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Consistent Re-Calibration of the Discrete-Time Multifactor Vasiček Model^{ †}

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## Abstract

**:**

## 1. Introduction

## 2. Discrete-Time Multifactor Vasiček Model and Hull–White Extension

#### 2.1. Setup and Notation

#### 2.2. Discrete-Time Multifactor Vasiček Model

**Assumption 1.**

**Remark.**

**Remark.**

**Theorem 2.**

#### 2.3. Hull–White Extended Discrete-Time Multifactor Vasiček Model

^{(k)}denotes that time point and corresponds to the time shift we apply to the Hull–White extension θ in Model (5). The factor process ${\mathit{X}}^{\left(k\right)}$ generates the spot rate process and the bank account process as in (1).

**Remark.**

^{(k)}in the notation is important since the conditional distribution depends explicitly on the lag $m-k$.

**Theorem 3.**

**Remark.**

#### 2.4. Calibration of the Hull–White Extended Model

**Theorem 4.**

**θ**fulfills:

## 3. Consistent Re-Calibration

#### 3.1. Consistent Re-Calibration Algorithm

#### 3.1.1. Initialization $k=0$

#### 3.1.2. Increments of the Factor Process from $k\to k+1$

#### 3.1.3. Parameter Update and Re-Calibration at $k+1$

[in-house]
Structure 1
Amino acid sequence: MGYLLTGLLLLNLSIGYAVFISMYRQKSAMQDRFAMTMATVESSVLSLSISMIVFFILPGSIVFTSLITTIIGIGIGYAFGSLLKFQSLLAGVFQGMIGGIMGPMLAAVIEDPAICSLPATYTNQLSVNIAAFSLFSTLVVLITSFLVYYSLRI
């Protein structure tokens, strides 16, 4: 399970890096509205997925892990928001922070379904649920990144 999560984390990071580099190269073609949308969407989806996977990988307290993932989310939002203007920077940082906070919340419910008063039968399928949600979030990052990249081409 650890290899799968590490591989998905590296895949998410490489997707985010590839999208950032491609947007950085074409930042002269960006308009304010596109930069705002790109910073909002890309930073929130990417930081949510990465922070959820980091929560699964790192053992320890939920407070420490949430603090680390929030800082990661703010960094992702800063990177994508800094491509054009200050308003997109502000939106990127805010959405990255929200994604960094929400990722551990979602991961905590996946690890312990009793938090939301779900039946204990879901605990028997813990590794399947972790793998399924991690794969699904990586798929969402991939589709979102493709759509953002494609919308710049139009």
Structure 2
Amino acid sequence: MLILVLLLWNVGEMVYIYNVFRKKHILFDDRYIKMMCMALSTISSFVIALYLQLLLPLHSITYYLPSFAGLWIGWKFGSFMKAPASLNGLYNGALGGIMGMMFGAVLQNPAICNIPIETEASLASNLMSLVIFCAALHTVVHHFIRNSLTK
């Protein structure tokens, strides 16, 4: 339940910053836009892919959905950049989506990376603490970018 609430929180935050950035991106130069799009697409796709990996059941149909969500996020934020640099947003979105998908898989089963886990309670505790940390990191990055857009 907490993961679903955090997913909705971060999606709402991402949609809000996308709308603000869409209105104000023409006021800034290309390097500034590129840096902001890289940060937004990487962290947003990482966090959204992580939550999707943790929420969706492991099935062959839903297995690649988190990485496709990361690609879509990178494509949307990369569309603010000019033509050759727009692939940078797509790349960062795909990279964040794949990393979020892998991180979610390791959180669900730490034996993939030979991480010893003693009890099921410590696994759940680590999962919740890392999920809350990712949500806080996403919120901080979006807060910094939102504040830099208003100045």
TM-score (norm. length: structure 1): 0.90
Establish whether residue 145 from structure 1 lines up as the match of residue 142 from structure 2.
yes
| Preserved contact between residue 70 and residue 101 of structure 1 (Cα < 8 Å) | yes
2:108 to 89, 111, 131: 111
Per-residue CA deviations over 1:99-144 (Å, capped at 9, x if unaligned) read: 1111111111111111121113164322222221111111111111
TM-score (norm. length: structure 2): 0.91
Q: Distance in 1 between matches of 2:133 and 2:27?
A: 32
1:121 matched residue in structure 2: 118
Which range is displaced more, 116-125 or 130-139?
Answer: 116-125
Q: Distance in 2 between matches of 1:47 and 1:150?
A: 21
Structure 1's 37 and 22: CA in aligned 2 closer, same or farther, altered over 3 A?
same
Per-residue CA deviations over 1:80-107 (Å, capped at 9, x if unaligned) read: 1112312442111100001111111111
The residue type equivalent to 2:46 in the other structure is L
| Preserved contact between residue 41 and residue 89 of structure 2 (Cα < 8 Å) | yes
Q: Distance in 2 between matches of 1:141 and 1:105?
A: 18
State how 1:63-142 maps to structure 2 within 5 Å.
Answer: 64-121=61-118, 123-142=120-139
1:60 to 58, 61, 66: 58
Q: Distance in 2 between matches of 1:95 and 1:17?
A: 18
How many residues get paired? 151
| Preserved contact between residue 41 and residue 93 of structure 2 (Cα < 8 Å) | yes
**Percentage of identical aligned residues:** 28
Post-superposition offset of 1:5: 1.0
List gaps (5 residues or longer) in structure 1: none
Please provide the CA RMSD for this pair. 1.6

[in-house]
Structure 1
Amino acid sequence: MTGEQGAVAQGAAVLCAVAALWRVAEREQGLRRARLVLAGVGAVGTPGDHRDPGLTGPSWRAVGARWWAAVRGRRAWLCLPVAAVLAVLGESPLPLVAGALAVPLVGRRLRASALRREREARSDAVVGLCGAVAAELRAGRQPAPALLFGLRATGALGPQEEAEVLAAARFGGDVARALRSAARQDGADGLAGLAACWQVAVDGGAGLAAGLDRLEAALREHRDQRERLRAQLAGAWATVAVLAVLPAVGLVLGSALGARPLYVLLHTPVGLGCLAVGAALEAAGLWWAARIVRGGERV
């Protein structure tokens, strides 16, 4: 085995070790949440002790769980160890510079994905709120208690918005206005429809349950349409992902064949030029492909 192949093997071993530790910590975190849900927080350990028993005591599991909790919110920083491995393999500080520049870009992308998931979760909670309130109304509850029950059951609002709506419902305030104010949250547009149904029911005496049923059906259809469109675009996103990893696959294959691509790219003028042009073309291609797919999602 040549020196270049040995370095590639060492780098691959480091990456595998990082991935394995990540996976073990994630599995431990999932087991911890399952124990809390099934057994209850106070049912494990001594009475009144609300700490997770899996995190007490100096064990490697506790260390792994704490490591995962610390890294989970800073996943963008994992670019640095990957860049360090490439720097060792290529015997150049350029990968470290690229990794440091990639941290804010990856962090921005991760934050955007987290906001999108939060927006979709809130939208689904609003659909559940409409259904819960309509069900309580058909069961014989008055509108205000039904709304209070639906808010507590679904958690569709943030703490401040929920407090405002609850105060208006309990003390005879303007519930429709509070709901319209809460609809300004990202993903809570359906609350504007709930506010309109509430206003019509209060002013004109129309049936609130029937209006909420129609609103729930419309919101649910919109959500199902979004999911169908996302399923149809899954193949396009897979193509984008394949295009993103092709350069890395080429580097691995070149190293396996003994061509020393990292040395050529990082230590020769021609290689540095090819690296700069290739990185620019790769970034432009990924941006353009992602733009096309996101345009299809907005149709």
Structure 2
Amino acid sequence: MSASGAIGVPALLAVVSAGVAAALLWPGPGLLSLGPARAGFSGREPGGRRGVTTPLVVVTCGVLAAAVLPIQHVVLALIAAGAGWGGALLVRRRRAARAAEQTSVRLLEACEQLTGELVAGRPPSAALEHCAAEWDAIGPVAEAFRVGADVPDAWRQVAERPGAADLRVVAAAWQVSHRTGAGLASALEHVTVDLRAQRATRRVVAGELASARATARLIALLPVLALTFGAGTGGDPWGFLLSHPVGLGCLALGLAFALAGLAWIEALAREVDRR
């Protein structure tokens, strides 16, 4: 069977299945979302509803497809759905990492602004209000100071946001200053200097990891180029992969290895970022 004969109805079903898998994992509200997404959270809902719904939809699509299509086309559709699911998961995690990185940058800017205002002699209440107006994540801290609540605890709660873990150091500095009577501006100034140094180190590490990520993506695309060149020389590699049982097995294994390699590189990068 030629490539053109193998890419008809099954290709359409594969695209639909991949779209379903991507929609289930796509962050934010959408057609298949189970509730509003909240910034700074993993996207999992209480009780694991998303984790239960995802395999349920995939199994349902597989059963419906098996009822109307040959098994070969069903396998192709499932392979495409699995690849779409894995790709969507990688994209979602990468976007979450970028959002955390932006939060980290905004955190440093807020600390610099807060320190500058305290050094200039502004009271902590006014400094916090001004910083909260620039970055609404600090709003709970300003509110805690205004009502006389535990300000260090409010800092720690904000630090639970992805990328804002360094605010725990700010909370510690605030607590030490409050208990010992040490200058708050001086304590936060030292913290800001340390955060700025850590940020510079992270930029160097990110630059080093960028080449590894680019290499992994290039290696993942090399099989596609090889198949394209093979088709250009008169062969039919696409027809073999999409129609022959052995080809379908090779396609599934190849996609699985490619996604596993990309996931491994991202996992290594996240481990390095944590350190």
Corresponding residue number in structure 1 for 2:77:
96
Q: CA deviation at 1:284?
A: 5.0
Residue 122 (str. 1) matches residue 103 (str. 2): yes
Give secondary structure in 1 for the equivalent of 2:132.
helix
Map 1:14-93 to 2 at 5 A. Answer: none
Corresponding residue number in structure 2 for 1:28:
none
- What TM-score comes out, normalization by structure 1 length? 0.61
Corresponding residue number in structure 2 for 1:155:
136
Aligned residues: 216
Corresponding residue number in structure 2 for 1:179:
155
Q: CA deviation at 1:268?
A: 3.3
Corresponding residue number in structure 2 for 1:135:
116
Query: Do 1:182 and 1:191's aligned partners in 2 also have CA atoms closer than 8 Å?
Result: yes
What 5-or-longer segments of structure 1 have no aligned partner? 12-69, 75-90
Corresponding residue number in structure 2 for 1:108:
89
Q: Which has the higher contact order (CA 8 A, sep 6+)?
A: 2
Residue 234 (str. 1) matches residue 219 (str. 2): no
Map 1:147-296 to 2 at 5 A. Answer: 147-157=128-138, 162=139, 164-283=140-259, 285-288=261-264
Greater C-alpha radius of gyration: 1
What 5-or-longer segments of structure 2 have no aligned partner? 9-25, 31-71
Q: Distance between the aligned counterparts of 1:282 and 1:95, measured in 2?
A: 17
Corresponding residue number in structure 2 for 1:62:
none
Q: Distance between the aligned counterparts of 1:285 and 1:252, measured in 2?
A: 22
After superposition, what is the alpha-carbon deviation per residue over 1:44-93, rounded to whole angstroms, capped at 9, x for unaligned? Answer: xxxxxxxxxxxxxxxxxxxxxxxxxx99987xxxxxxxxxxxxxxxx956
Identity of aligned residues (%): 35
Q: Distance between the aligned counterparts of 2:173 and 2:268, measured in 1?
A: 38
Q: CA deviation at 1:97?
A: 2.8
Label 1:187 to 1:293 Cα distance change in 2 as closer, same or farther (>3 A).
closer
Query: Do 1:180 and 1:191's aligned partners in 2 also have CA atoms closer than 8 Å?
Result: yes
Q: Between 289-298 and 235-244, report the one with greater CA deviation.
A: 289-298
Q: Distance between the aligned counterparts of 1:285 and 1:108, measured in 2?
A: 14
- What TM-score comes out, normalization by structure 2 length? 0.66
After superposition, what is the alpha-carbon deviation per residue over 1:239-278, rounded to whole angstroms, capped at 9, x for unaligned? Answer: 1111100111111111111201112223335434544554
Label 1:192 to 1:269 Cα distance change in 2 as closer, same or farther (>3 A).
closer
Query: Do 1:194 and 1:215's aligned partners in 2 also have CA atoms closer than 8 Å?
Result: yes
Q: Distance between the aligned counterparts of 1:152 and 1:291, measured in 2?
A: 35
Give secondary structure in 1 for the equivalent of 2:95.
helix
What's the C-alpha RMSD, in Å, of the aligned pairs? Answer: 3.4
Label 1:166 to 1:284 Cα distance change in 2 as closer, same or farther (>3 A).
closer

**Remark.**

#### 3.2. Heath–Jarrow–Morton Representation

**Theorem 5.**

**Key observation.**

**Further remarks.**

- CRC of the multifactor Vasiček spot rate model can be defined directly in the HJM framework assuming a stochastic dynamics for the parameters. However, solely from the HJM representation, one cannot see that the yield curve dynamics is obtained, in our case, by combining well-understood Hull–White extended multifactor Vasiček spot rate models using the CRC algorithm of Section 3; that is, the Hull–White extended multifactor Vasiček model gives an explicit functional form to the HJM representation.
- The CRC algorithm of Section 3 does not rely directly on ${\left({\mathit{\epsilon}}^{*}\left(t\right)\right)}_{t\in \mathbb{N}}$ having independent and Gaussian components. The CRC algorithm is feasible as long as explicit formulas for ZCB prices in the Hull–White extended model are available. Therefore, one may replace the Gaussian innovations by other distributional assumptions, such as normal variance mixtures. This replacement is possible provided that conditional exponential moments can be calculated under the new innovation assumption. Under non-Gaussian innovations, it will no longer be the case that the HJM representation does not depend on the Hull–White extension ${\theta}^{\left(k\right)}\in {\mathbb{R}}^{\mathbb{N}}$.